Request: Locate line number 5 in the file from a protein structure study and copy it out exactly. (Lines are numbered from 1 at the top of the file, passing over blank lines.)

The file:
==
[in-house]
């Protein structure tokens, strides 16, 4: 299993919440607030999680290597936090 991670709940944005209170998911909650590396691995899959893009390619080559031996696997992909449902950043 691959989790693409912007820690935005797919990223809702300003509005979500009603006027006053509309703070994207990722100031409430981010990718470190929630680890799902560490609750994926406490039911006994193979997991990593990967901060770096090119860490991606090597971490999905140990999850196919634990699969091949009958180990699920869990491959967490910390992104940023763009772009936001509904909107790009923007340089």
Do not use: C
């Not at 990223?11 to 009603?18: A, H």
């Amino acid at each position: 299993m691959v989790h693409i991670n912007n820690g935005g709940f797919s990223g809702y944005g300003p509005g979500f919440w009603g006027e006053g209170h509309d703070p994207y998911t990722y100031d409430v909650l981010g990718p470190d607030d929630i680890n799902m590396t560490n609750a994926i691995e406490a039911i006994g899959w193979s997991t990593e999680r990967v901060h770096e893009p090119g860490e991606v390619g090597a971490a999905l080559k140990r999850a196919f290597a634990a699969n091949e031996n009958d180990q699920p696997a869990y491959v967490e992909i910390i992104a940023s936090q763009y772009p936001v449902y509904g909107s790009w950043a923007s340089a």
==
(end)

């Amino acid at each position: 299993m691959v989790h693409i991670n912007n820690g935005g709940f797919s990223g809702y944005g300003p509005g979500f919440w009603g006027e006053g209170h509309d703070p994207y998911t990722y100031d409430v909650l981010g990718p470190d607030d929630i680890n799902m590396t560490n609750a994926i691995e406490a039911i006994g899959w193979s997991t990593e999680r990967v901060h770096e893009p090119g860490e991606v390619g090597a971490a999905l080559k140990r999850a196919f290597a634990a699969n091949e031996n009958d180990q699920p696997a869990y491959v967490e992909i910390i992104a940023s936090q763009y772009p936001v449902y509904g909107s790009w950043a923007s340089a």